Peru government-sponsored “My Taxi” natural gas program has led to savings of over $414 million in costly diesel and liquefied petroleum gas

The government-sponsored “My Taxi” program designed to help drivers convert their engines to natural gas has led to savings of more than 1.16 billion soles, or approximately $414 million, due to reduced imports of costly diesel and liquefied petroleum gas, Peru President Alan García said Tuesday.

“We are preparing to make the use of natural gas, which is a natural resource given to us by God, more widespread,” said García. “This will allow us to confront the increasing international prices of oil.”

The program, launched a year ago, is part of Peru’s strategy to convert on a wide scale to low-cost natural gas, a fossil fuel abundant in the Andean country, in order to reduce the current hydrocarbon deficit and the country’s dependence on costly diesel and liquefied petroleum gas imports.

My Taxi has surpassed expectations, García said , because 45,509 drivers have already converted their engines in just over 32 months, and we had hoped to accomplish as much in 120 months.

The My Taxi program now has a set goal of converting 250,000 taxis in Lima and Callao to natural gas, argued Alvaro Chirinos, the program’s director.

In Lima, at least 80 percent of drivers rent vehicles that run on highly polluting diesel and pay between 40 and 50 soles, or approximately $14 and $18 for a day’s run.

Peru’s government, who cut down on fuel subsidies June 2, has also fixed the cost of compressed natural gas, or methane, at a ceiling price of 4.30 soles, or about $1.50 per gallon, compared to about $4.55 per gallon for 90 octane gasoline.

“Lima is probably Latin America’s most polluted city and the (natural) gas is reconverting and reforming the (transport) system,” added Chirinos, “allowing many people to become proprietors and many people to decontaminate the metropolitan city.”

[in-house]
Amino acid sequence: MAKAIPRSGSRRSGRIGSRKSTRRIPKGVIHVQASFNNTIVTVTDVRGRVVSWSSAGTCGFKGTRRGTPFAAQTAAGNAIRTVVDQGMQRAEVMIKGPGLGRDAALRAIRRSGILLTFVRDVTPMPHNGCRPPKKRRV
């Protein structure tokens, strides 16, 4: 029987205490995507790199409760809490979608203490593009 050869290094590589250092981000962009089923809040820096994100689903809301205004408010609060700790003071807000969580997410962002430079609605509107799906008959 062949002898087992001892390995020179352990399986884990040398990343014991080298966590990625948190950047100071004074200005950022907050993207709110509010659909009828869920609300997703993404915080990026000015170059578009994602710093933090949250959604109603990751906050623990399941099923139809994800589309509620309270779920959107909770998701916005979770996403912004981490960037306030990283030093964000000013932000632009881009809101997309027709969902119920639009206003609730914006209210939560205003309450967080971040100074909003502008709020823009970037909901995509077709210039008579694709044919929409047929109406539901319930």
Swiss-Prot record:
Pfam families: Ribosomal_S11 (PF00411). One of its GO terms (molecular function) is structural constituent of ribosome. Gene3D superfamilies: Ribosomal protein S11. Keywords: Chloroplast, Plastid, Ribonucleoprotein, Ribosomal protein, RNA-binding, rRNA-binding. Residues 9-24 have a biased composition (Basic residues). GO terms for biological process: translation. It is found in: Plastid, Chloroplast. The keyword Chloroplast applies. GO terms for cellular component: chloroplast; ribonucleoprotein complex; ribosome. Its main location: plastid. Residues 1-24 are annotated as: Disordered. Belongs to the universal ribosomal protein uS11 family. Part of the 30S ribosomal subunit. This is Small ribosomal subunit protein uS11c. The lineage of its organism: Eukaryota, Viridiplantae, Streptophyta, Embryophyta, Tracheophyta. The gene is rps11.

Drivers of natural gas-powered vehicles can fuel up at 34 stations located in various parts of the capital. And there are now more than 110 engine conversion and repair shops licensed by the Ministry of Transport and Communications.

The My Taxi program, now only available in Lima, should soon make its way to outside regions, as natural gas is to be distributed in Arequipa, Trujillo and Piura.

“These cities will also have the possibility of benefiting from this system,” said García in comments to state news agency Andina, “which is very important for (Peru’s) energy matrix conversion.”

“Broad access to natural gas will allow our industries and all the productive activity to develop according to adequate costs,” added García, “and, most importantly, via a product that, to be extracted and processed, also generates more jobs within the country.”

Peru hopes to modify its energy grid by 2011 to a three-part mixture of natural gas, renewable energy and oil. In the long-term, Peru plans to rely on a broad mix of renewable energy sources and has set 2020 as a target date.

Other measures include a “scrap dealer’s bonus” to drivers who rid Peru’s streets of their more than decade-old diesel cars and the Ministry of Transport and Communications’ proposal to reduce tariffs and the selective tax on consumption, or ISC, on the import of natural gas vehicles to Peru.

Sharing is caring!

Comments are closed.